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‘Weight-loss’ shower? Readers say fat chance

Idea of giving money for new wardrobe called tacky

SHARE ‘Weight-loss’ shower? Readers say fat chance

Dear Abby: A woman wrote to ask you what you thought of the idea of a weight-loss shower for someone who had just shed 30 pounds. The "catch" to this shower was that the guests bring monetary gifts so the hostess could buy a new wardrobe to fit her smaller figure.

At first glance the idea seemed tacky to me. Just as with any other type of shower, it is inappropriate to specify a monetary gift in the invitation. Should someone inquire about gift ideas, the host could indicate that the honoree is trying to save up for a new wardrobe. However, there are many other suitable gifts for someone who has just lost weight. For example, guests could be asked to bring a copy of their favorite low-calorie recipes to be compiled into a scrapbook.

Losing unwanted pounds is no easy feat. If it were so easy, we would not have the obesity problems that we have in our society. I see it as an accomplishment to be proud of. Throwing someone a shower for this reason is certainly justified. — New Port Richey, Fla.

Dear New Port Richey: I love your idea about the diet-recipe shower. Yours was the most charitable response that letter generated. Read on:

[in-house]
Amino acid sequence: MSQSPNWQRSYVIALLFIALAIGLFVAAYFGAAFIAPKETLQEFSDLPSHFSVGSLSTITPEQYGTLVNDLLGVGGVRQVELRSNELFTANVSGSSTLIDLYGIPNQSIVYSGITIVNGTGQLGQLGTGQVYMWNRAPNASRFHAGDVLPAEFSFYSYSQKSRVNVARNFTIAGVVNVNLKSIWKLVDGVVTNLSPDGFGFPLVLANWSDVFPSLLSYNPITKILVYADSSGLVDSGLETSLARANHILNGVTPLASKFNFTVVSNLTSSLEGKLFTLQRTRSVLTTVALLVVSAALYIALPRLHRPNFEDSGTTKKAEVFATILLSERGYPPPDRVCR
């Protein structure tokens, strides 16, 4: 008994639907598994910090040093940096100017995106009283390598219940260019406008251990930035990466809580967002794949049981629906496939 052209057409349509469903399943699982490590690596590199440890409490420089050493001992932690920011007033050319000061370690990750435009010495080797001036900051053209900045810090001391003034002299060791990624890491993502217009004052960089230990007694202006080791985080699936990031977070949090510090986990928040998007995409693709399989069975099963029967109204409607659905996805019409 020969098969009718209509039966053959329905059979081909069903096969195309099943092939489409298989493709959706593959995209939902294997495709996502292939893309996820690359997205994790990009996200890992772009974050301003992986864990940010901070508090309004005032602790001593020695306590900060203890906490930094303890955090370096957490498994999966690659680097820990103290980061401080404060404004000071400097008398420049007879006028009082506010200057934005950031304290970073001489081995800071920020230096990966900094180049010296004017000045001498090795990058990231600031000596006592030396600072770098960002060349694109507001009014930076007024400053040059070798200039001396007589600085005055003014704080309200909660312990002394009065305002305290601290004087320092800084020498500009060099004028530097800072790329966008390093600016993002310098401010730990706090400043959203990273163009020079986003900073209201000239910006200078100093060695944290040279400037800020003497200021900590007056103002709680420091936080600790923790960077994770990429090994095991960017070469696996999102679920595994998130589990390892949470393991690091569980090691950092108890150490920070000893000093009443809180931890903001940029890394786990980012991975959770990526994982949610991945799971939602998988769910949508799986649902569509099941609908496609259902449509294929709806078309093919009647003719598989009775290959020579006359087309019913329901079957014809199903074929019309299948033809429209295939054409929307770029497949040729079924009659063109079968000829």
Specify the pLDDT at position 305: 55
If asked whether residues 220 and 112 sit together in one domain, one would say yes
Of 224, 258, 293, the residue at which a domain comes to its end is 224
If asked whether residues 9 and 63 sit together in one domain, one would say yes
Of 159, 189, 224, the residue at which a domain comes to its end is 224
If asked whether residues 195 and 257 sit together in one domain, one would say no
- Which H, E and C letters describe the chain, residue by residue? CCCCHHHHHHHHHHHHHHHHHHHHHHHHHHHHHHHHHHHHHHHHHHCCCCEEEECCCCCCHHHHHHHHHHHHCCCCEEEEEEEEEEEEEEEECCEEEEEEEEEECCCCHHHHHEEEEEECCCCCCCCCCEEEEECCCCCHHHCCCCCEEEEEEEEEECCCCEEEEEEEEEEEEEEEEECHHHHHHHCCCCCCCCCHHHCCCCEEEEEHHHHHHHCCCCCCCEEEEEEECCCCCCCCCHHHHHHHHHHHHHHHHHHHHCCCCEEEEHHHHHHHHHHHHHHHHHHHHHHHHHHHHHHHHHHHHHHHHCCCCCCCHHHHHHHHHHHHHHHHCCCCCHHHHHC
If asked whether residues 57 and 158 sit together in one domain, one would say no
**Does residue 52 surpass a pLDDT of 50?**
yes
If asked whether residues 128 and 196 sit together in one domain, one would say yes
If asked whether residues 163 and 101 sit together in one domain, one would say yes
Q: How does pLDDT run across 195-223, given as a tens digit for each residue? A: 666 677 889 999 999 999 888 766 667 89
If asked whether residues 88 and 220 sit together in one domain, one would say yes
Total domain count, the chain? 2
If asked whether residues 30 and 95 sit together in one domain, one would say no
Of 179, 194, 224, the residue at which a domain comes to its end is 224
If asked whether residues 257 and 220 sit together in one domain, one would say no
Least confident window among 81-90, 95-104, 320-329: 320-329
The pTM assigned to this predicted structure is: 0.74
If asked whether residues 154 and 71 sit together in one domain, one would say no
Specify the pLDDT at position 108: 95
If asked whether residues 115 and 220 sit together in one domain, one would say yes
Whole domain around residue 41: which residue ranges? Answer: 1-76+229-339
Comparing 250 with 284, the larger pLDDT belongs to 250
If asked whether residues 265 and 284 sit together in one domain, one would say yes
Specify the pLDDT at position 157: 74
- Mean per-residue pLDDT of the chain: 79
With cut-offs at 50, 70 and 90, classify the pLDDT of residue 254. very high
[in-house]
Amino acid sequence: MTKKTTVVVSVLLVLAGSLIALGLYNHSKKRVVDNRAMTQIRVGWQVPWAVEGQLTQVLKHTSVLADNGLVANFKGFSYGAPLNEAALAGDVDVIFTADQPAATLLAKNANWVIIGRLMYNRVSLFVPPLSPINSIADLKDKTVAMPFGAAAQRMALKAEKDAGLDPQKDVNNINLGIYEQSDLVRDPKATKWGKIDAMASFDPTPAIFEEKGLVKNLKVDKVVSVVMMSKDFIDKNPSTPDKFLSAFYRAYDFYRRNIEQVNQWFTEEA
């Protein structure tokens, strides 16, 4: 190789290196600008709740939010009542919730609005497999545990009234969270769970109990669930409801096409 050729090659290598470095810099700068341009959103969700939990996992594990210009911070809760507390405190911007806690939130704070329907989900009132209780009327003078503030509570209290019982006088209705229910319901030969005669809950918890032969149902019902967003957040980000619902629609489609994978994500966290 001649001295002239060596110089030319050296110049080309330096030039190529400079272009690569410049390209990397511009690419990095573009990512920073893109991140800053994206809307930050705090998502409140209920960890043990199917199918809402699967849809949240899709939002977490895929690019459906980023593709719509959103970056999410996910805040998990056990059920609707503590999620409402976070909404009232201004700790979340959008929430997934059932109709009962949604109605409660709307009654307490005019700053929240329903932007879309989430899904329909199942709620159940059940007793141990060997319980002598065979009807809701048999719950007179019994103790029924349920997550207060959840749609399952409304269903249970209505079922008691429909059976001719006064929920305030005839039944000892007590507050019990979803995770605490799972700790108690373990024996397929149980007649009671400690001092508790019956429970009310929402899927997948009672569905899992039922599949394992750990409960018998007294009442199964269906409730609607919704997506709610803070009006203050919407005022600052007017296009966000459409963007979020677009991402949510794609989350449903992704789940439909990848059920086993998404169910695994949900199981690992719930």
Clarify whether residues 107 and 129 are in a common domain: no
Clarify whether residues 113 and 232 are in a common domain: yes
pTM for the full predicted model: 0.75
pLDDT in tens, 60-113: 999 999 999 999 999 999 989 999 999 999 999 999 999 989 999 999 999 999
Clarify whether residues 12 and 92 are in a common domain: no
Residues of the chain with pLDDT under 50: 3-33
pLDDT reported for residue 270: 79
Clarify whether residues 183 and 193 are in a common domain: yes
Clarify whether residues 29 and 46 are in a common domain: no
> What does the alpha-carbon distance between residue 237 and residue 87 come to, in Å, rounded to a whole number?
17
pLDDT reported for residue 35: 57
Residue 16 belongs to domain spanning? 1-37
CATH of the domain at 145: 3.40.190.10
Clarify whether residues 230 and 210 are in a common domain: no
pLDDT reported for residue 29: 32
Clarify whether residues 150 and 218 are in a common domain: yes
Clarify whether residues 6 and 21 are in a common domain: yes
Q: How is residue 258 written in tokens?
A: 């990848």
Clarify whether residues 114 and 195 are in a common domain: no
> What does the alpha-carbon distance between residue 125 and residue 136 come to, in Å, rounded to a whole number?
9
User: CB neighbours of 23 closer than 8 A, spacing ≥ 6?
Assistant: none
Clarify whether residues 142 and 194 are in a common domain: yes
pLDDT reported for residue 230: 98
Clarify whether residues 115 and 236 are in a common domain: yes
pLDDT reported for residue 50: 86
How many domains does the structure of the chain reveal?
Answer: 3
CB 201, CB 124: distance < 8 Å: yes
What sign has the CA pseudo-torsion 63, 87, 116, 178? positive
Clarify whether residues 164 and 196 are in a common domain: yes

Dear Abby: I have gained about 60 pounds in the past four years. Should I throw a party to give my friends the "opportunity" to "shower" me with money to buy new fat clothes? It would amount to exactly the same thing. There are already too many forced gift-giving occasions thrust upon us. My answer is: "No way. Boycott the shower!" — Fat and Sassy in Oklahoma City

Dear Abby: "Twiggy" doesn't need new clothes yet. Fifteen pounds isn't enough. Her letter takes the cake! I know she said she lost 30 pounds, but isn't it pretty clear that the other 15 pounds was her marbles?

I had an ex-in-law who gave her daughter a "shower drawing." She didn't want to make the effort to give a party, so she brought a box of envelopes to our houses so we could pick one. Inside was a photo and the price of the gift you were "asked" to buy! I drew a four-piece set of Samsonite luggage: $169.99. (This was 1966.) My husband thought we should give the bride something in which to carry her honeymoon wardrobe, so he gave her two brown paper bags. Thank goodness it was his side of the family. Needless to say, we weren't invited to the wedding. — Anonymous in Fort Worth

Dear Abby: The lady is to be congratulated for the weight loss, but she still has a lot of guts. — John in Vista, Calif.

Dear Abby: I'd tell the person who was throwing the weight-loss shower that for each 30 pounds she lost, I was donating $30 (a dollar for each pound) to the local homeless shelter. When I began losing weight, I privately vowed to put $10 in our church offering plate for each pound I lost. Twenty pounds and $200 later, the church "feed the homeless" fund is fattened, and I gladly have a slightly slimmer wallet. — Puyallup, Wash.

Dear Abby: A 30-pound weight loss? I think that's great!

It sure is hard to lose that weight.

With Weight Watchers, I've lost 23,

But all my new clothes were paid for by me.

"Pat" in our group lost 75,

And didn't ask for a "clothing drive."

But have a shower? That depends —

I'd forget the shower and keep my friends. — Dot Peterson, Millsboro, Del.

Dear Dot: Congrats on a message very well said.

I think you've hit the nail on the head!

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